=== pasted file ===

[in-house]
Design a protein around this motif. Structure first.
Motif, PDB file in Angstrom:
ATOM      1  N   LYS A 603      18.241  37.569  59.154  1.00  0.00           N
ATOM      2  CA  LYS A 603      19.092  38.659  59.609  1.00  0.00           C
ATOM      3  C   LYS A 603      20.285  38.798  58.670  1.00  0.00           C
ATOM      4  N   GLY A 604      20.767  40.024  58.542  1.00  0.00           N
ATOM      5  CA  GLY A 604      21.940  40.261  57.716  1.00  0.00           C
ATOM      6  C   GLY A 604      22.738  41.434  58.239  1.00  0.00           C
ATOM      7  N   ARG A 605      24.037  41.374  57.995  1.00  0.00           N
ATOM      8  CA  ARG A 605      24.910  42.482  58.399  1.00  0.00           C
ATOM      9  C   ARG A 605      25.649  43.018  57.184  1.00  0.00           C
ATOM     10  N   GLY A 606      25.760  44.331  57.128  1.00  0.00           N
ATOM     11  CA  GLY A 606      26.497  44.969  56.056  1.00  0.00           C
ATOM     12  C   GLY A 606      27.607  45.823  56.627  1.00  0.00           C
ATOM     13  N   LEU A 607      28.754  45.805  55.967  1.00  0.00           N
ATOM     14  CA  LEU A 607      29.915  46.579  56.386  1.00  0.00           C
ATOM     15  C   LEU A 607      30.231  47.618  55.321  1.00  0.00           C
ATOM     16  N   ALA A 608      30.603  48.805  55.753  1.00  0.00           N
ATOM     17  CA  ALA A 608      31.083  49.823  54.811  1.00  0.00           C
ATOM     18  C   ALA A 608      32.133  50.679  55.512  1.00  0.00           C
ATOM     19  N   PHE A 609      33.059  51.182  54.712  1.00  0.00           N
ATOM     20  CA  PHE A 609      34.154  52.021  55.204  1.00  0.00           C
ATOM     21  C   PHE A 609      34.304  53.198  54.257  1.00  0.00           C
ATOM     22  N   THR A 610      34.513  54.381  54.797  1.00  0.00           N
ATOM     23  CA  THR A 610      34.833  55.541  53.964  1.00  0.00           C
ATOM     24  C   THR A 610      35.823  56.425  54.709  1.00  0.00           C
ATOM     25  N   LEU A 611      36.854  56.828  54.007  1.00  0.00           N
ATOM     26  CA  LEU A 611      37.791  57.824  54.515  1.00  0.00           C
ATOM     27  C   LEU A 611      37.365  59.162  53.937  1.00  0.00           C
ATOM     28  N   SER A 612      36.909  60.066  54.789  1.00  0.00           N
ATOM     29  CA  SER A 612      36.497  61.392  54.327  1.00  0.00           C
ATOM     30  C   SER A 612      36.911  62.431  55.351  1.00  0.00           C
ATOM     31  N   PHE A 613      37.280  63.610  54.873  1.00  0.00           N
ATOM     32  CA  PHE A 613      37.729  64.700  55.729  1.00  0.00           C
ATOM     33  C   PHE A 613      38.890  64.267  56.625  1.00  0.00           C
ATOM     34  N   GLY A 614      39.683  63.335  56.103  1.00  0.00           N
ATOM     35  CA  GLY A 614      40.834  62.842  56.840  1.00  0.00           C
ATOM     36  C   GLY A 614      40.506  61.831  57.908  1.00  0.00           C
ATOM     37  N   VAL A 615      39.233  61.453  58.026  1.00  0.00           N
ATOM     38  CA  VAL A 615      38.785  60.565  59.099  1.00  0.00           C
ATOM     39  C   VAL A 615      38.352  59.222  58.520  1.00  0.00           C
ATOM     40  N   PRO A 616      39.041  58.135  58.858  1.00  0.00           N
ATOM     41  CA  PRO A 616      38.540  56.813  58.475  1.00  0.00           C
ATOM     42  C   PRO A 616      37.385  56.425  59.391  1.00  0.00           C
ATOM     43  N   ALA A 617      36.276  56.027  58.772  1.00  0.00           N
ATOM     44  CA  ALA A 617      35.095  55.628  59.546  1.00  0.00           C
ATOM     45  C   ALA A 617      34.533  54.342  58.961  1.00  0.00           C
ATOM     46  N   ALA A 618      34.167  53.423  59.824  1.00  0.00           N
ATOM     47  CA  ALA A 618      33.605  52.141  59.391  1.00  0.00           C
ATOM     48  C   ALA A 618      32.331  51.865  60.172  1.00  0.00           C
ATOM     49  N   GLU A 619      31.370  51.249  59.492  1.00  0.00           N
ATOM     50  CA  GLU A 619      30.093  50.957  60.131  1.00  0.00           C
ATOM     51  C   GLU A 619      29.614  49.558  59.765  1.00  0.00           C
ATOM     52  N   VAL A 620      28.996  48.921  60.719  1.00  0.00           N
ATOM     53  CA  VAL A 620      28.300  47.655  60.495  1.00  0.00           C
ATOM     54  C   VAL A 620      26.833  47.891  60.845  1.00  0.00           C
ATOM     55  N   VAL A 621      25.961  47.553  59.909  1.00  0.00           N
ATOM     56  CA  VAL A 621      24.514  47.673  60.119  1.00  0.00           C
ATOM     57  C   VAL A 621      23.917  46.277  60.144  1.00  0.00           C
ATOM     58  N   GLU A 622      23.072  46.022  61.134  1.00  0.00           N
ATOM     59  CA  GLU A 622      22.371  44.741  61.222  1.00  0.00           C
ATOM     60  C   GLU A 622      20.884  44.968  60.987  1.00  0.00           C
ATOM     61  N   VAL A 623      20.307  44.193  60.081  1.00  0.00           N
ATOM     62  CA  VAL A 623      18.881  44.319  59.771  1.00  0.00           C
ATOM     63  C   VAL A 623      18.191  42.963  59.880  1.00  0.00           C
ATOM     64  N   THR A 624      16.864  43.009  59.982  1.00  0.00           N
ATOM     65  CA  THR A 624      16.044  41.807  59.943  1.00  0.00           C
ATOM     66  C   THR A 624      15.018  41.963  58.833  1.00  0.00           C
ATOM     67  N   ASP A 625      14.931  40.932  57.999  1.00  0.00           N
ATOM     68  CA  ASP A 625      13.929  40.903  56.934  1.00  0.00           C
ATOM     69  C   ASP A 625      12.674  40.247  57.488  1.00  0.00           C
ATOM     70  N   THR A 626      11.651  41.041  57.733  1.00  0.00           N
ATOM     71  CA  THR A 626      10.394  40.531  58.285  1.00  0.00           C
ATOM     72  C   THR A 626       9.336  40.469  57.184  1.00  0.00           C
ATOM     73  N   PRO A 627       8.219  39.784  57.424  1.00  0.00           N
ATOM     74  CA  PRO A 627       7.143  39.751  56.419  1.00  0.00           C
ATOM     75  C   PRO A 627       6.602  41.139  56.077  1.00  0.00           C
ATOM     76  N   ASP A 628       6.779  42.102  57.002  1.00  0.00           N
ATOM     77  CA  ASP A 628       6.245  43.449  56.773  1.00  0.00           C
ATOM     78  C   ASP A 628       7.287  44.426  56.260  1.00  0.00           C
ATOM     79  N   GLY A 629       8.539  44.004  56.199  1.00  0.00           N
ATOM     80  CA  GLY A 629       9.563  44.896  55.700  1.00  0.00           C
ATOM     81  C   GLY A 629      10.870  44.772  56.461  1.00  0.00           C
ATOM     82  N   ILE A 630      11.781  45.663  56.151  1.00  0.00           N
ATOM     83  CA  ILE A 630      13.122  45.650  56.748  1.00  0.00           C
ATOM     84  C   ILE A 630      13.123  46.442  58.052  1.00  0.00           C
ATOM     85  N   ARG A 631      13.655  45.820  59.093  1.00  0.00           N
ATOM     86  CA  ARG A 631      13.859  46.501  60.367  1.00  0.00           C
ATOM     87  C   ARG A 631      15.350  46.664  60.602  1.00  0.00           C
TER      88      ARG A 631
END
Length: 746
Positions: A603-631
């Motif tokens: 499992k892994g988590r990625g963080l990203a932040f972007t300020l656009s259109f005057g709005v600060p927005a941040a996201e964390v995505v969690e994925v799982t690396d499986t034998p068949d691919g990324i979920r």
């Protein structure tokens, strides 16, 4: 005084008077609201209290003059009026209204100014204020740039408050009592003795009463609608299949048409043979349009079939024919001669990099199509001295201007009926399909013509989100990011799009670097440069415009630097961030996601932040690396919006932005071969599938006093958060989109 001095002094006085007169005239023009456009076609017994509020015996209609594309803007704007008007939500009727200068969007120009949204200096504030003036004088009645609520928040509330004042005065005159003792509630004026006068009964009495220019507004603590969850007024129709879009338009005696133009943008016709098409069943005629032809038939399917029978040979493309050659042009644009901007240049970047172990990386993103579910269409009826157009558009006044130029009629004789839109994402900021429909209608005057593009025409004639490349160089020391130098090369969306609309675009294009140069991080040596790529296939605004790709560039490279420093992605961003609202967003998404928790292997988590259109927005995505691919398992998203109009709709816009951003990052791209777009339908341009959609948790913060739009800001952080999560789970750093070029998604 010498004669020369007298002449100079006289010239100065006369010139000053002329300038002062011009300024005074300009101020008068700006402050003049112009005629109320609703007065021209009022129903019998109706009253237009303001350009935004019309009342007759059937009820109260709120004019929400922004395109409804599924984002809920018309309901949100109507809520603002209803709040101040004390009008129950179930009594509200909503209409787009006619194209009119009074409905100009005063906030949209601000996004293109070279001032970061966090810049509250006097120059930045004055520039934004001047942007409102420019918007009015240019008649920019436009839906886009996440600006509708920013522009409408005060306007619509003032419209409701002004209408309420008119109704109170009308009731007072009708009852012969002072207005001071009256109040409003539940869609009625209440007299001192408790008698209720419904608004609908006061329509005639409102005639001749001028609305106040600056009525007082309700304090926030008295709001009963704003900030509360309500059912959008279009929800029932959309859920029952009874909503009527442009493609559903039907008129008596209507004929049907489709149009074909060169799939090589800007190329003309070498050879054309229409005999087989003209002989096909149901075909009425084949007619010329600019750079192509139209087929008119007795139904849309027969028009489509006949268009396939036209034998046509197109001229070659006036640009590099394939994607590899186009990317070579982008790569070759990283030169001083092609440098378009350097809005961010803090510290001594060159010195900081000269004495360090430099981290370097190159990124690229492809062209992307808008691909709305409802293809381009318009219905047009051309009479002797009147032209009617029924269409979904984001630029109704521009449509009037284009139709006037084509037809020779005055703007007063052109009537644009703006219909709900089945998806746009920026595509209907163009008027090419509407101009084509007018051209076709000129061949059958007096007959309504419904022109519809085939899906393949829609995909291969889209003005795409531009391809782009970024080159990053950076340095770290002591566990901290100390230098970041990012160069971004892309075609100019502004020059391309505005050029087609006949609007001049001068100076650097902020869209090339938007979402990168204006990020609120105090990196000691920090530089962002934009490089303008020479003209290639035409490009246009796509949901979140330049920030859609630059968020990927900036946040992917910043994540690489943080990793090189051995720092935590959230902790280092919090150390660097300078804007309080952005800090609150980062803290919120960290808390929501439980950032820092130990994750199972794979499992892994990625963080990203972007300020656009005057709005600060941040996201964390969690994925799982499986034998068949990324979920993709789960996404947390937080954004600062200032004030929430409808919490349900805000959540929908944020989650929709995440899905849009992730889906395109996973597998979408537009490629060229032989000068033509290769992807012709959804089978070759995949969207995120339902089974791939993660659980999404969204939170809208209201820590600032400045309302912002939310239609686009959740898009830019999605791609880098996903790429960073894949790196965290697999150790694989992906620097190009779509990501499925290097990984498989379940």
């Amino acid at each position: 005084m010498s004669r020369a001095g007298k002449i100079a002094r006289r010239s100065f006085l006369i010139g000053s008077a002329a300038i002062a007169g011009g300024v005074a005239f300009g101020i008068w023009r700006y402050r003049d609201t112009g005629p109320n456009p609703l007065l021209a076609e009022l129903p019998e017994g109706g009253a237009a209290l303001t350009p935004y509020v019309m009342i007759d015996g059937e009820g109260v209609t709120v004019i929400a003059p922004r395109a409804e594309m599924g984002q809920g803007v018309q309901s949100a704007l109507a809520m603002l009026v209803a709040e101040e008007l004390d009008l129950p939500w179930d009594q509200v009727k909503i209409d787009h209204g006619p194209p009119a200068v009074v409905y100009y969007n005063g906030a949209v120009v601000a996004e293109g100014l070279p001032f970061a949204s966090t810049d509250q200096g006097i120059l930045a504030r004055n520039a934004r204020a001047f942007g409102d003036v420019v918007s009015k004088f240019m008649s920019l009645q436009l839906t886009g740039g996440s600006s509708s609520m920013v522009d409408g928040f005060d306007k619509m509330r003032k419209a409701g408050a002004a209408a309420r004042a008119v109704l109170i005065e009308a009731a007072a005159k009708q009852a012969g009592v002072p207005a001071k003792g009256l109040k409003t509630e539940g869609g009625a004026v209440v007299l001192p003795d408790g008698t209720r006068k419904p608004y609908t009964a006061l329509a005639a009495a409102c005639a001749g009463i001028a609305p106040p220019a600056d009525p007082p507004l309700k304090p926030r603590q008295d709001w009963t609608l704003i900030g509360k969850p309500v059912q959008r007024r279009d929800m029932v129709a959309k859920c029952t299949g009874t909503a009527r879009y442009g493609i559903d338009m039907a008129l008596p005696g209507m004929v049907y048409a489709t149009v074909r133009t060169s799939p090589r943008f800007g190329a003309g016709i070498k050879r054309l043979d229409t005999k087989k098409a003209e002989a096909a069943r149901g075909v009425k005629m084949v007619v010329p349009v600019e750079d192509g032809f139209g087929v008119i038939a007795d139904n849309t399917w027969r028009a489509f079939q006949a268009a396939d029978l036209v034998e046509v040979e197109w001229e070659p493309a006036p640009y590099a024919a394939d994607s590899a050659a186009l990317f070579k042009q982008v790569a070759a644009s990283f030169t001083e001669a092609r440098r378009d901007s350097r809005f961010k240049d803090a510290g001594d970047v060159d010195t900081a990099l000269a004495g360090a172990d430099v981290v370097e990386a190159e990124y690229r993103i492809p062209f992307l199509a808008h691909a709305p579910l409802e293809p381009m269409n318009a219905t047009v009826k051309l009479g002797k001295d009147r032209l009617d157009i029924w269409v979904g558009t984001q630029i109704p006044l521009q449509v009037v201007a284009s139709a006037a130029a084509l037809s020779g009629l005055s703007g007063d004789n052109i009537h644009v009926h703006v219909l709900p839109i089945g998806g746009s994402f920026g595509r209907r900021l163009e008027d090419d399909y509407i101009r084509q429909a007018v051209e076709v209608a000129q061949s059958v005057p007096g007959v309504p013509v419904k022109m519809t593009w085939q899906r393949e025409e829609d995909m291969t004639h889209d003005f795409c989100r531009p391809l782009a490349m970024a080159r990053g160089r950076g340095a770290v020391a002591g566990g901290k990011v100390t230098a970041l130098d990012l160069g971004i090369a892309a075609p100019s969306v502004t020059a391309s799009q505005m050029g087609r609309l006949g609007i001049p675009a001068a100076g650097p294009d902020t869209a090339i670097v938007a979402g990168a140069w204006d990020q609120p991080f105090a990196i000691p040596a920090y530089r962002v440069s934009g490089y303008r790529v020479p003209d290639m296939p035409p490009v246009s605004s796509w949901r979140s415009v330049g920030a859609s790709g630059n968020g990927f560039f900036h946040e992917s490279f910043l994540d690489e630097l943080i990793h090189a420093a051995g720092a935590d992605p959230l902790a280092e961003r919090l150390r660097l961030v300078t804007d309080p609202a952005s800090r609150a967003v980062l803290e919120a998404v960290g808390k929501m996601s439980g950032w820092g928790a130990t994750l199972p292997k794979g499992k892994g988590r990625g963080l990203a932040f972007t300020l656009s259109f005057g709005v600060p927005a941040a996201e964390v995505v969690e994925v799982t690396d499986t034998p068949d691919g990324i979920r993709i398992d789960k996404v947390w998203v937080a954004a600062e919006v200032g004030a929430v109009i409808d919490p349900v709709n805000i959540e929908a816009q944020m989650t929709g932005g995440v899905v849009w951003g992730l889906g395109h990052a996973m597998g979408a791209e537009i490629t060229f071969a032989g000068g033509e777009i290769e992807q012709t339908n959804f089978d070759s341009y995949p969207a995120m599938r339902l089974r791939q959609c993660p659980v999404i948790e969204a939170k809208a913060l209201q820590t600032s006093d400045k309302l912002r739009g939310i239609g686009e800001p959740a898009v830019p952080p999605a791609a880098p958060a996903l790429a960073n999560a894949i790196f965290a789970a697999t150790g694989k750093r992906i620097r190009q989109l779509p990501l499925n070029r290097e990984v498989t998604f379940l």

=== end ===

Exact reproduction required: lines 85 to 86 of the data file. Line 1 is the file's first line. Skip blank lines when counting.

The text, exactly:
ATOM     82  N   ILE A 630      11.781  45.663  56.151  1.00  0.00           N
ATOM     83  CA  ILE A 630      13.122  45.650  56.748  1.00  0.00           C